That confidence allows the two to work through things when they don't go perfectly and to keep differences of opinion a debate and not an argument. They can talk to each other about why a pass went astray and discuss each other's preferences for a particular play or route. They can disagree and they can work it out.
"That's great," Shuler said. "That's football. We'll be on the field and we'll have a little debate. I'll be like, 'I think you should throw the ball here,' and he'll say, 'Nah, I should throw the ball right here.' So we'll go home and we'll take the debate to the house.
"Then we go back and watch film and take the debate to the film room, just to know that, on Saturday, we'll be on the same page," he added. "Having that debate is great because we're both looking at football and both understanding the game together."
And the two say their devotion to football and their diligence in studying it are among their strongest bonds. They enjoy watching film and poring over the finer points of the game. And that's led to Cato sitting second in C-USA and 26th in the country in passing yards per game (269.3) and Shuler sitting first in the conference and seventh nationally in receptions per game (8.3).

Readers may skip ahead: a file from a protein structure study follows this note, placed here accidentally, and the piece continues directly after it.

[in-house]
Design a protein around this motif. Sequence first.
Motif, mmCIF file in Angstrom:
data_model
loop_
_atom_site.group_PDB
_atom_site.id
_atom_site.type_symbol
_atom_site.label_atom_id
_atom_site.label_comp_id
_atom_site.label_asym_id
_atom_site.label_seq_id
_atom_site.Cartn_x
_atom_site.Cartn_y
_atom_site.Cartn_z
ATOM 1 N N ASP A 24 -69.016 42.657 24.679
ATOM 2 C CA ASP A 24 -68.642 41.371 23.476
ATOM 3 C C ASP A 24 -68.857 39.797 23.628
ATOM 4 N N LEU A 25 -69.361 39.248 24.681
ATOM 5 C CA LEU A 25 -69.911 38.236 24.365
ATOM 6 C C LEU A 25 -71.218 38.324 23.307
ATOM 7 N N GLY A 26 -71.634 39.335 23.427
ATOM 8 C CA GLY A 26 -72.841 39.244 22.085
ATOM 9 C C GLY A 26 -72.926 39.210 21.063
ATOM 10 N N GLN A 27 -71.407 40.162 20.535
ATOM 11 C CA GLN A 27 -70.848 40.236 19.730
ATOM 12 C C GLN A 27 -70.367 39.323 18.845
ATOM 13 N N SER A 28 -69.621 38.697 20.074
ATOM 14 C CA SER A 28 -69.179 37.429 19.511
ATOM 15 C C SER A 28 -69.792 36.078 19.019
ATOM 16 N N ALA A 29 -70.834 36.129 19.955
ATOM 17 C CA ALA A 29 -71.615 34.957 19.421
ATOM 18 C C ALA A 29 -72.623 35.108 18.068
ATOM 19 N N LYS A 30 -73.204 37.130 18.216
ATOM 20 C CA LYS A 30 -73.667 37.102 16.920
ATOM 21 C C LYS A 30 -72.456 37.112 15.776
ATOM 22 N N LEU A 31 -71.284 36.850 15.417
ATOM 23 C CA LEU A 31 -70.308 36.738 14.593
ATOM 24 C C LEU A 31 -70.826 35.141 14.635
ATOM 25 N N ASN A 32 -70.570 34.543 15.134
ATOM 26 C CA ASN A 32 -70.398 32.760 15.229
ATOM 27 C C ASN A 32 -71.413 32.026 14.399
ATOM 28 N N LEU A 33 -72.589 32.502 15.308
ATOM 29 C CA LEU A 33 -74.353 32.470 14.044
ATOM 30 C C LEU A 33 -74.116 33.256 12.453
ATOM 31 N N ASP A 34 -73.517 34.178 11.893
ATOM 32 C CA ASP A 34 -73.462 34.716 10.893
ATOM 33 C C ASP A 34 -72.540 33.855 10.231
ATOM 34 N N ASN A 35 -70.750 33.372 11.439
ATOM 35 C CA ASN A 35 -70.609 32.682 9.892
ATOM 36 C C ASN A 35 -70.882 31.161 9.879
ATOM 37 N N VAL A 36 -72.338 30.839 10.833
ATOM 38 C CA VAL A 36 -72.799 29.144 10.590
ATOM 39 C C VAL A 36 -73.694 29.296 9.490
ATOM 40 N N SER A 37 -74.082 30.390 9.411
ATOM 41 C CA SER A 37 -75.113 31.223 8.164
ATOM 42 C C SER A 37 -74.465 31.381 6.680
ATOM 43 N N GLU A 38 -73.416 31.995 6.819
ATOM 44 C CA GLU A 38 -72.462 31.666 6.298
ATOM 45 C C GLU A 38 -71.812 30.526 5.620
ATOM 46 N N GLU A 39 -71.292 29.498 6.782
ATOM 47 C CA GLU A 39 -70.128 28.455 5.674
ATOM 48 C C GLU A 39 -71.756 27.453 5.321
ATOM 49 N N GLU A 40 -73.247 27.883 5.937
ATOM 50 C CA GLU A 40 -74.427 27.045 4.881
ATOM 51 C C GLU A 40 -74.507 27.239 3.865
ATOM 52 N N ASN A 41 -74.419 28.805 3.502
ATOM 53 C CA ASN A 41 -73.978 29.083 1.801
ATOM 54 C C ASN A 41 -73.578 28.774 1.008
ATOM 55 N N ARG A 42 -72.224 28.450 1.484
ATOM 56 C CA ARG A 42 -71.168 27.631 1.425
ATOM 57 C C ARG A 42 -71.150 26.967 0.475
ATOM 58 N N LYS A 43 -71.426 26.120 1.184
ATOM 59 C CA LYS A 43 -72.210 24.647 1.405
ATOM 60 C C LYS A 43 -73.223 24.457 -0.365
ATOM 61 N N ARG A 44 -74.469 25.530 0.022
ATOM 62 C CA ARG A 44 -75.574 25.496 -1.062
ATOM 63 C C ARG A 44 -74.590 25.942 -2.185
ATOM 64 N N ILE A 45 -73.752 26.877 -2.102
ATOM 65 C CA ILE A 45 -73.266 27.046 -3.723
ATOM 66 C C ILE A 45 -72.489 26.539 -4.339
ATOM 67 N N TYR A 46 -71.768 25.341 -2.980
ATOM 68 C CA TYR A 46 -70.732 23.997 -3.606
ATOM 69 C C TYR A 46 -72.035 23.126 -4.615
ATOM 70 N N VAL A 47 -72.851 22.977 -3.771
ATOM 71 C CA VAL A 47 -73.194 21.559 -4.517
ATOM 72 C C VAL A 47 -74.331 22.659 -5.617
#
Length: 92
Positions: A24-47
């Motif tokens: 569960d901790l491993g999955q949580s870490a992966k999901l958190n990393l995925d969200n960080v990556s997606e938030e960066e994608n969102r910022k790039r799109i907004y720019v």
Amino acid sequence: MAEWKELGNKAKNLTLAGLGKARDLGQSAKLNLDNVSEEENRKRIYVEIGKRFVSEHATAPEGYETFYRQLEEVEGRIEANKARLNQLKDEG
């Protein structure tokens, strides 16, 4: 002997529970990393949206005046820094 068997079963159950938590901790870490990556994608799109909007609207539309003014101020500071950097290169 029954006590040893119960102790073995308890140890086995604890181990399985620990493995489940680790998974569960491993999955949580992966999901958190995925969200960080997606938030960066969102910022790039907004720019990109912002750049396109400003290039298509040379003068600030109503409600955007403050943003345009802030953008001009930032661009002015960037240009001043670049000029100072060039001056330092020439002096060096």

"He understands film very well and understands all the coverages," Cato said. "It's not me just telling him what all the coverages are. He understands the coverages."
Marshall Coach Doc Holliday understands his fortune in what he has with Cato and Shuler. He admits that, in the first couple of years in his Herd tenure, there were players on his roster that didn't seem to love the process of playing winning football. They didn't enjoy the preparation for game day as much as game day itself. That's not the case anymore, he said, and Cato and Shuler are prime examples of that.
"I think for the most part, we've got a lot of guys who do love it right now, but those two kids, they take liking football to a different level," he said. "They eat, sleep and drink it. It's given them a way out. It's given them an opportunity to make something of themselves. They understand that."
Contact sportswriter Derek Redd at derek.r...@dailymail.com or 304-348-1712. His blog is at blogs.dailymail.com/marshall. Follow him on Twitter @derekredd.